Gerry stands in front of the hallway mirror, struggling with his tie. Catches him every time. The knot is too big or too tight or the shirt button shows. It will never be right.
‘Hopeless,’ Emma said.
It will have to do, otherwise he won’t leave. His Adam’s apple bumps his collar as he faces the frosted glass of the front door. The red stain in the centre looked like a rose, once.
‘Keys, money, bus pass.’ That had been the mantra. Now there’s a phone. Has he charged it?
‘Just go,’ Emma said.
Gerry grips the door handle until its temperature matches his and seems to disappear. He lets go.
In the kitchen he washes his face in cool water, looking out the window. Muddled clouds chase across a crisp sky. Leaves whisper in the breeze as they gather round Emma’s crossword chair.
‘Breezy,’ he says.
‘Bracing,’ Emma said. When they walked on days like this, she gave his arm an exhilarated squeeze.
‘Too early mate,’ the driver says, his logo’d tie pulled to one side.
‘Too what?’ Gerry asks. Then remembers. He can’t use his bus pass before nine-thirty. The drivers call them twirlies, these too early old folk.
Gerry had forgotten rush hour, which had been his world for so long. He’d been who these people are now. Some are polite, others exasperated by the doddering ghost. Most don’t notice him. They are so young. Do they know they will be him? And so soon. Do they realise one day nobody will tell them if their tie is right? Say see you later? Ask them to bring home those biscuits, the nice ones, or a bottle of wine, even though it’s a weeknight. How could they? He hadn’t.
‘You need to step off, mate,’ the driver says and blood rises in Gerry’s face. He’s in the way. His collar tightens as he leaves the bus. The engine smell is sickening. When a schoolboy in a clip-on tie stands to offer him a seat in the shelter Gerry is glad, for once, to nod and say thank you son.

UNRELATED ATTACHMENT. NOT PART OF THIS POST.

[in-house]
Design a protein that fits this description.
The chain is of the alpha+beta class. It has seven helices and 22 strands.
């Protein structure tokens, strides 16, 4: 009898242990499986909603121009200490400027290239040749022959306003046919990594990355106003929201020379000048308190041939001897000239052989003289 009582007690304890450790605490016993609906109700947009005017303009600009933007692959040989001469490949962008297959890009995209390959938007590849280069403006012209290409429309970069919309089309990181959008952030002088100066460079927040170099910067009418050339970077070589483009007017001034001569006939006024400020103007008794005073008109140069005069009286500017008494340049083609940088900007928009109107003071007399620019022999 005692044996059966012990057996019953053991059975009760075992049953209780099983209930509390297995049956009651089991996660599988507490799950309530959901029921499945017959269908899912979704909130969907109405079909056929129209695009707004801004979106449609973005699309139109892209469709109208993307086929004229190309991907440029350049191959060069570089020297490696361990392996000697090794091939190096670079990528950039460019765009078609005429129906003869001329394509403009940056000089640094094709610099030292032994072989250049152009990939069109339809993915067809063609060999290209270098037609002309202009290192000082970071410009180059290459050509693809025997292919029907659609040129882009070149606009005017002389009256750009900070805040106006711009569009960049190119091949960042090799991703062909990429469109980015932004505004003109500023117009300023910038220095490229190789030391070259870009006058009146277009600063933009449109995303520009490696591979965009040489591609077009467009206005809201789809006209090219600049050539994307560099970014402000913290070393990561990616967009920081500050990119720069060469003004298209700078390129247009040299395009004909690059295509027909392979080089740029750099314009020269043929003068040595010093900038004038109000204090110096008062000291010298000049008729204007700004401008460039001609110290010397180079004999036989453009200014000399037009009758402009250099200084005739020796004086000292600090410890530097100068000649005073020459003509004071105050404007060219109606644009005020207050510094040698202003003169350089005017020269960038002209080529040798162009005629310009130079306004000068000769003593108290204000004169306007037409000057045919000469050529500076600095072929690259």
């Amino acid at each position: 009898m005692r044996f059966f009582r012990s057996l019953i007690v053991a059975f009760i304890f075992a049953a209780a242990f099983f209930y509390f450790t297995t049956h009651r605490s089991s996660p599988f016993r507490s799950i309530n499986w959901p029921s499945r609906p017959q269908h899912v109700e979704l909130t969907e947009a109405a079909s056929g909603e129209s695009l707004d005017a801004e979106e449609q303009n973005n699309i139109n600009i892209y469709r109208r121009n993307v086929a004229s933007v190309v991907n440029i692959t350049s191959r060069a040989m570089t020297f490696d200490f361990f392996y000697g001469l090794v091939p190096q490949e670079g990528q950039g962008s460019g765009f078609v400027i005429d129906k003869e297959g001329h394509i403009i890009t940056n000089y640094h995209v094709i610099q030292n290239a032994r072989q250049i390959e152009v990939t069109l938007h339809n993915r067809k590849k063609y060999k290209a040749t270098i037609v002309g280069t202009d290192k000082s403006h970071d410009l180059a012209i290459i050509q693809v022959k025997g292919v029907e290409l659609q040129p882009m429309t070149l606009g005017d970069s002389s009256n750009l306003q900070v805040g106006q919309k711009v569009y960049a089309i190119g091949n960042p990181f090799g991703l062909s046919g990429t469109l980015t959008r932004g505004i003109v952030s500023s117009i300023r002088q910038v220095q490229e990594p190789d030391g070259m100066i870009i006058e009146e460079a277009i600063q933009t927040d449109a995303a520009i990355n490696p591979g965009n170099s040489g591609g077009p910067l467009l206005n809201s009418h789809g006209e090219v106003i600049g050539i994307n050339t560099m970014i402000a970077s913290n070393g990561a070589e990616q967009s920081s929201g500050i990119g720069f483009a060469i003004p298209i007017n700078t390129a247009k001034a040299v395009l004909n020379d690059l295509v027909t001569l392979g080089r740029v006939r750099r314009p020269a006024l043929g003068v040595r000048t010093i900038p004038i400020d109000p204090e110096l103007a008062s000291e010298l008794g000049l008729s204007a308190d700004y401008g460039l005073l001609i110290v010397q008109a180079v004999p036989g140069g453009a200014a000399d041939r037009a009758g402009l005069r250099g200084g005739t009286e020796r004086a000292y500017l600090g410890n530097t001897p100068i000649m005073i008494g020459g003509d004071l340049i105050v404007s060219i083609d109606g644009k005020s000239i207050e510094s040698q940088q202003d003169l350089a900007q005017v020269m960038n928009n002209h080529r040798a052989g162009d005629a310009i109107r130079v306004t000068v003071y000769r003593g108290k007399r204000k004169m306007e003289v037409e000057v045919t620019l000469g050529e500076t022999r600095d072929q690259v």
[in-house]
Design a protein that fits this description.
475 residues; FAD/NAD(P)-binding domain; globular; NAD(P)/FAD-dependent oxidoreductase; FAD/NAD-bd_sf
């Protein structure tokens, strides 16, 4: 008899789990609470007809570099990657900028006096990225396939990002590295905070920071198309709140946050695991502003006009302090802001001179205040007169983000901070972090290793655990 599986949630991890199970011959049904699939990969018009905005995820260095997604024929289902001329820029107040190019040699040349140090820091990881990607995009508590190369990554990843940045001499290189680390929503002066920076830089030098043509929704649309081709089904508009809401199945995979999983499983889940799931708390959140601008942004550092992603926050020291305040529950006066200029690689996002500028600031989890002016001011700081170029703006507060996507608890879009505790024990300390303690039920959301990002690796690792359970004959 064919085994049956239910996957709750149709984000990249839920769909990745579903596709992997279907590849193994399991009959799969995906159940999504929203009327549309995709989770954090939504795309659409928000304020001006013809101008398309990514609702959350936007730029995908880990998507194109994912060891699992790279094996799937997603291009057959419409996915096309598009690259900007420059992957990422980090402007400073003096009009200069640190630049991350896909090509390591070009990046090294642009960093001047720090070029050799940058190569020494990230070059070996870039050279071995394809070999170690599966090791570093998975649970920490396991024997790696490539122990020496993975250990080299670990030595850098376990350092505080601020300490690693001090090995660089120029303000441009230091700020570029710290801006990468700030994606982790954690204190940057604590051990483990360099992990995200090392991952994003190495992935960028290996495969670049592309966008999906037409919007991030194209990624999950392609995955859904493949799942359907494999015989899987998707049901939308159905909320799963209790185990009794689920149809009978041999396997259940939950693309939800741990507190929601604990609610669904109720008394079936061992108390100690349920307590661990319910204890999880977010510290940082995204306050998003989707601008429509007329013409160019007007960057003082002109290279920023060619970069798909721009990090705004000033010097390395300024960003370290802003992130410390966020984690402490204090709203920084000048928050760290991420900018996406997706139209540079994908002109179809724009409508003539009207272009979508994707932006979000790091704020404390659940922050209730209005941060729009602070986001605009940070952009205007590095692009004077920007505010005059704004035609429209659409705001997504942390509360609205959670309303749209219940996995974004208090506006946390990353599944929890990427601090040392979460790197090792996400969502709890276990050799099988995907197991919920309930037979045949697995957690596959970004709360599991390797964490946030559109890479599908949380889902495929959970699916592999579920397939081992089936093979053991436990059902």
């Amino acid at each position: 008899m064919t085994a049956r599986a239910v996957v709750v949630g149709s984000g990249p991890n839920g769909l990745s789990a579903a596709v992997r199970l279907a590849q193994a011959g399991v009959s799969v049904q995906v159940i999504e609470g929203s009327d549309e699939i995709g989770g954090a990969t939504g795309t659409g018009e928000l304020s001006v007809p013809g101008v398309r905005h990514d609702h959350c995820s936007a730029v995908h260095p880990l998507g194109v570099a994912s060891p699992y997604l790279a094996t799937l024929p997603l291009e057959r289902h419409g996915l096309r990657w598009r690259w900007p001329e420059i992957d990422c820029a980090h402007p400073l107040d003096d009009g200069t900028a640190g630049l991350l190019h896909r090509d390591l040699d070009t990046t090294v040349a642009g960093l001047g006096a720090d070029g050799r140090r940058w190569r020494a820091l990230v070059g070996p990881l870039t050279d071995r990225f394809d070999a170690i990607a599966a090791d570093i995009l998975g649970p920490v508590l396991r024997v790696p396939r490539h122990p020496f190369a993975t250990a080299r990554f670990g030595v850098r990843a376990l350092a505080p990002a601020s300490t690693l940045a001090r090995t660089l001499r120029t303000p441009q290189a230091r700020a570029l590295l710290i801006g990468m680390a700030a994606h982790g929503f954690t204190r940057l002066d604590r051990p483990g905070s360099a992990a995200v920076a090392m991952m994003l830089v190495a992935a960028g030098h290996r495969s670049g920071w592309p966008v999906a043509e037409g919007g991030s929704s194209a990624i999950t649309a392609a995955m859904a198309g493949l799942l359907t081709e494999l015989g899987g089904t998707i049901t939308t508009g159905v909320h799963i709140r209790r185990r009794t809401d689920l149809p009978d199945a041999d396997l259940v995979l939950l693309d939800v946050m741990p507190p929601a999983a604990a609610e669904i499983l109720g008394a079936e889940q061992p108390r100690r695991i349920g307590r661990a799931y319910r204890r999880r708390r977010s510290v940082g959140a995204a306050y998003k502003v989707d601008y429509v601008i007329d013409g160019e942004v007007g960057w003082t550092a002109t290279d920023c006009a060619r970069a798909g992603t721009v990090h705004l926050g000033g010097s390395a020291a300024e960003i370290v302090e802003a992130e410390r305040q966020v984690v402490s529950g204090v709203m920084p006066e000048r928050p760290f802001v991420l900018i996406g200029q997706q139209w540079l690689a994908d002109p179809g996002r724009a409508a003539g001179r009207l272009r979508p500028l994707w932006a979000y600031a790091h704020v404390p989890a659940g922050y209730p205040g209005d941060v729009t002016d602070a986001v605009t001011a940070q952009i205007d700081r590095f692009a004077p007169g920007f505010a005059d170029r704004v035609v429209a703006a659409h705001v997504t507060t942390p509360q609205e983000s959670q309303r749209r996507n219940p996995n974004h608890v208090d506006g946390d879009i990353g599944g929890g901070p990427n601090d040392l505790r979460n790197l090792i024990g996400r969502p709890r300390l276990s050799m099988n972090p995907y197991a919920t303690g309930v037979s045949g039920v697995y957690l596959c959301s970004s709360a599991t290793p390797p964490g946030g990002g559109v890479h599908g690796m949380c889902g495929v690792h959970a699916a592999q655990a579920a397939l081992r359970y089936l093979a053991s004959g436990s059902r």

‘So I walked the whole way Ems,’ Gerry says, leaving a moment for her to answer. She did, calling the driver a name he doesn’t want to repeat.
‘No, it was fine,’ he reassures her, brushing a leaf from her headstone. Those plastic flowers could do with a wash. He’d meant to bring a bag to spruce them up at home.
‘It’s an Emma day,’ he says and the loneliness swells. ‘Blue sky and breezy.’ The days rush by so slow, without her.
‘Your tie,’ she said, seeing him wound up.
‘I know.’ He pulls at it. ‘I wanted to look nice, for you.’ The tie sings as it slides through his collar. It flaps on the wind, held by his fingertips.
‘So handsome, in your tie,’ Emma said. Gerry grips the smooth fabric he’d been about to let fly and turns up his shirt collar. He ties a loose knot and smooths it into place, where it fits snugly.
I might walk home, he thinks, outside the cemetery gates. Pick up a dustpan and brush for those leaves around her crossword chair.
Gerry stood in front of the hallway mirror. The light through the rose in the door danced on Emma’s fingers as she straightened his tie.
She lay her hand on his heart, as she did every morning.
‘Mind that for me,’ she said.
‘I will, love,’ Gerry said. ‘I will.’
Tom O’Brien is an Irishman living in London. He’s been published in numerous places across the web and has short stories printed in Blood & Bourbon, Blink-Ink and DEFY! Anthologies. His novella Straw Gods was shortlisted by Ellipsis Magazine in their publication competition.
He’s on twitter @tomwrote and his website is www.tomobrien.co.uk.